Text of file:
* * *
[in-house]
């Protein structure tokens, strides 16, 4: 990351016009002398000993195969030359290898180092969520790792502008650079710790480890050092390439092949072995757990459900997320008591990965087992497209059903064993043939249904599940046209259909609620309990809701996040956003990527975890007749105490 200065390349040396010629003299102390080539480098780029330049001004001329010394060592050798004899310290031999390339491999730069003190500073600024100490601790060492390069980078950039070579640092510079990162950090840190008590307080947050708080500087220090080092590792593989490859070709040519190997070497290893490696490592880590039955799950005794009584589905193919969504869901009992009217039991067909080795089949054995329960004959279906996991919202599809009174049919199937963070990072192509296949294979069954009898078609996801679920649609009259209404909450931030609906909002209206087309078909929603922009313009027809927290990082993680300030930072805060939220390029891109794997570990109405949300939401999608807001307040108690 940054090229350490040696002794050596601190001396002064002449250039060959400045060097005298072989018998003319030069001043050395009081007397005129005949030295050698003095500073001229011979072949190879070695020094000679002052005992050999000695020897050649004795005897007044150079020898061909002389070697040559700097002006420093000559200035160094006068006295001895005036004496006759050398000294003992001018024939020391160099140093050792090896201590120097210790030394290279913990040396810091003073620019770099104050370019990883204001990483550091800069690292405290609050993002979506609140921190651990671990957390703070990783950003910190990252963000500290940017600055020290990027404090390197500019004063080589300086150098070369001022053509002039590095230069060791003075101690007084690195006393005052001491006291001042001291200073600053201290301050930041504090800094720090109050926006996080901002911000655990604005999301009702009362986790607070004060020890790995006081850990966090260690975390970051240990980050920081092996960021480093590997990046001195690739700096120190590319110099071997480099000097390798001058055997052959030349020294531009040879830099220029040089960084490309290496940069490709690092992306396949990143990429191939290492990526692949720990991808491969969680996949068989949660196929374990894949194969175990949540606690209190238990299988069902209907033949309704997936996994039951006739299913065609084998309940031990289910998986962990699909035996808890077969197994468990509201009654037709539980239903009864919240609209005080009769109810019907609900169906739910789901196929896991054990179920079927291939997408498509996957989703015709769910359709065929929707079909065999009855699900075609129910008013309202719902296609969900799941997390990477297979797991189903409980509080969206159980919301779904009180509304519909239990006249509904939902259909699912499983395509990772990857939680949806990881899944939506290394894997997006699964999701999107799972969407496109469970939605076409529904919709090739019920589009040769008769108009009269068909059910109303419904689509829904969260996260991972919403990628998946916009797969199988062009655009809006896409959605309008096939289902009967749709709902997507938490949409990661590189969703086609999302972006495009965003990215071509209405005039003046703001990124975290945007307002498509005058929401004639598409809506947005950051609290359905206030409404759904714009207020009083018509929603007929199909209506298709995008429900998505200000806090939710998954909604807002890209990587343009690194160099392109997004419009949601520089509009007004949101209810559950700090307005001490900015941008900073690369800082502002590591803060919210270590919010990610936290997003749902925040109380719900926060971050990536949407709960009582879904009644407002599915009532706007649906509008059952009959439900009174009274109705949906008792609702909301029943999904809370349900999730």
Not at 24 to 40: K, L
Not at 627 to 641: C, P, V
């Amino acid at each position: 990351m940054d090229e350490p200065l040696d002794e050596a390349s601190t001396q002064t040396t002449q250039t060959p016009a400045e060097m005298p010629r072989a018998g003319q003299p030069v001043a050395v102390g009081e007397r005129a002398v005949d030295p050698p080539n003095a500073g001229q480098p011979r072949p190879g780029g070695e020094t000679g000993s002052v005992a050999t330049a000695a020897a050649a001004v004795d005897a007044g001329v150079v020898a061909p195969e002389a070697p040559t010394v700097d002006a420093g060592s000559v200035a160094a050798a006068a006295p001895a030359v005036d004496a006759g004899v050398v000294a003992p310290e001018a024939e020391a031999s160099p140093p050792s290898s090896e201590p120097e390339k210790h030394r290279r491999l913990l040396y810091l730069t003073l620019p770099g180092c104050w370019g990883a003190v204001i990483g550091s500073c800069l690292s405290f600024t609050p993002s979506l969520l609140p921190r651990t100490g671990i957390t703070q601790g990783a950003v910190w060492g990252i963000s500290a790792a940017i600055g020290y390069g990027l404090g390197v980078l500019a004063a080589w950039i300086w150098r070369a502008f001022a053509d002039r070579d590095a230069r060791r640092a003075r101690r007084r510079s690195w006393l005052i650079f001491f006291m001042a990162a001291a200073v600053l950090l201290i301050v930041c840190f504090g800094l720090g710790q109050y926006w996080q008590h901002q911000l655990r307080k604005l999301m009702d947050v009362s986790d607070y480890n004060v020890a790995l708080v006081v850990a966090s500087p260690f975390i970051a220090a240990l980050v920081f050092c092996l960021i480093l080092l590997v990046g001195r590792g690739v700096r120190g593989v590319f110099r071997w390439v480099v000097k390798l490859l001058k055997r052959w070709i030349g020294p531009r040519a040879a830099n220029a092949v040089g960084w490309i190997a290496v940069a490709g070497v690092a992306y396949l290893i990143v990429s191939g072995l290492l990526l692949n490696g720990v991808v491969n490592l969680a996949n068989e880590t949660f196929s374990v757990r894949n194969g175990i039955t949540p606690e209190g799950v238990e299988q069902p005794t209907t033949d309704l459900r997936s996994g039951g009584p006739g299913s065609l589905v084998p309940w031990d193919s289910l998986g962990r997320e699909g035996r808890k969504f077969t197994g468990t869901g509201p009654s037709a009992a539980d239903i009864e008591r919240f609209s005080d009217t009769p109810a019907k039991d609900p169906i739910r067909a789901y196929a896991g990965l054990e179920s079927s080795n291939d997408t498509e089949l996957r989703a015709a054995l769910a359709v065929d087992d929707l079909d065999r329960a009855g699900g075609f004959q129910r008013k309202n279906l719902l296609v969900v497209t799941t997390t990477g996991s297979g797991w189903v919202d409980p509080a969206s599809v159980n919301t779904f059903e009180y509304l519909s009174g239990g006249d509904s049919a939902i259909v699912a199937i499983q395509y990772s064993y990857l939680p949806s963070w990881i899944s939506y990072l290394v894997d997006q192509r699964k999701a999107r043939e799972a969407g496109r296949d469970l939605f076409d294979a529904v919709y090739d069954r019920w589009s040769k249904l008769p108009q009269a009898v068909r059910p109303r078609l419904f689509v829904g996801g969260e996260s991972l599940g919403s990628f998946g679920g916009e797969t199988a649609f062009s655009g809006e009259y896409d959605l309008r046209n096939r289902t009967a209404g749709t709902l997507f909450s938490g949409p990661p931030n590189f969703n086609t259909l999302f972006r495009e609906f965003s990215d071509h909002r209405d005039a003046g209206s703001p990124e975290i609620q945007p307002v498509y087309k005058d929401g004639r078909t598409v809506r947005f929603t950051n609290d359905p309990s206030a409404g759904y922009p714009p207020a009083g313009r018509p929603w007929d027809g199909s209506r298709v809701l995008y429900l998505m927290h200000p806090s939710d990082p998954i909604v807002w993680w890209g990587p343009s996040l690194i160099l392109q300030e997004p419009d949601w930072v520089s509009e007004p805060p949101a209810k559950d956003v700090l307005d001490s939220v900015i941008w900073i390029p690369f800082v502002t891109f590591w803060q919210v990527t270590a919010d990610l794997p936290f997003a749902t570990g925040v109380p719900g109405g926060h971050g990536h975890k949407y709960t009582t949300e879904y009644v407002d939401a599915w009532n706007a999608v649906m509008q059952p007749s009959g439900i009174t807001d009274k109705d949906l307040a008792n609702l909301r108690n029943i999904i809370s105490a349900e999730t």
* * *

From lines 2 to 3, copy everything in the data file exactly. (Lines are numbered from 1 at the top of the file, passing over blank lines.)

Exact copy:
């Protein structure tokens, strides 16, 4: 990351016009002398000993195969030359290898180092969520790792502008650079710790480890050092390439092949072995757990459900997320008591990965087992497209059903064993043939249904599940046209259909609620309990809701996040956003990527975890007749105490 200065390349040396010629003299102390080539480098780029330049001004001329010394060592050798004899310290031999390339491999730069003190500073600024100490601790060492390069980078950039070579640092510079990162950090840190008590307080947050708080500087220090080092590792593989490859070709040519190997070497290893490696490592880590039955799950005794009584589905193919969504869901009992009217039991067909080795089949054995329960004959279906996991919202599809009174049919199937963070990072192509296949294979069954009898078609996801679920649609009259209404909450931030609906909002209206087309078909929603922009313009027809927290990082993680300030930072805060939220390029891109794997570990109405949300939401999608807001307040108690 940054090229350490040696002794050596601190001396002064002449250039060959400045060097005298072989018998003319030069001043050395009081007397005129005949030295050698003095500073001229011979072949190879070695020094000679002052005992050999000695020897050649004795005897007044150079020898061909002389070697040559700097002006420093000559200035160094006068006295001895005036004496006759050398000294003992001018024939020391160099140093050792090896201590120097210790030394290279913990040396810091003073620019770099104050370019990883204001990483550091800069690292405290609050993002979506609140921190651990671990957390703070990783950003910190990252963000500290940017600055020290990027404090390197500019004063080589300086150098070369001022053509002039590095230069060791003075101690007084690195006393005052001491006291001042001291200073600053201290301050930041504090800094720090109050926006996080901002911000655990604005999301009702009362986790607070004060020890790995006081850990966090260690975390970051240990980050920081092996960021480093590997990046001195690739700096120190590319110099071997480099000097390798001058055997052959030349020294531009040879830099220029040089960084490309290496940069490709690092992306396949990143990429191939290492990526692949720990991808491969969680996949068989949660196929374990894949194969175990949540606690209190238990299988069902209907033949309704997936996994039951006739299913065609084998309940031990289910998986962990699909035996808890077969197994468990509201009654037709539980239903009864919240609209005080009769109810019907609900169906739910789901196929896991054990179920079927291939997408498509996957989703015709769910359709065929929707079909065999009855699900075609129910008013309202719902296609969900799941997390990477297979797991189903409980509080969206159980919301779904009180509304519909239990006249509904939902259909699912499983395509990772990857939680949806990881899944939506290394894997997006699964999701999107799972969407496109469970939605076409529904919709090739019920589009040769008769108009009269068909059910109303419904689509829904969260996260991972919403990628998946916009797969199988062009655009809006896409959605309008096939289902009967749709709902997507938490949409990661590189969703086609999302972006495009965003990215071509209405005039003046703001990124975290945007307002498509005058929401004639598409809506947005950051609290359905206030409404759904714009207020009083018509929603007929199909209506298709995008429900998505200000806090939710998954909604807002890209990587343009690194160099392109997004419009949601520089509009007004949101209810559950700090307005001490900015941008900073690369800082502002590591803060919210270590919010990610936290997003749902925040109380719900926060971050990536949407709960009582879904009644407002599915009532706007649906509008059952009959439900009174009274109705949906008792609702909301029943999904809370349900999730």
Not at 24 to 40: K, L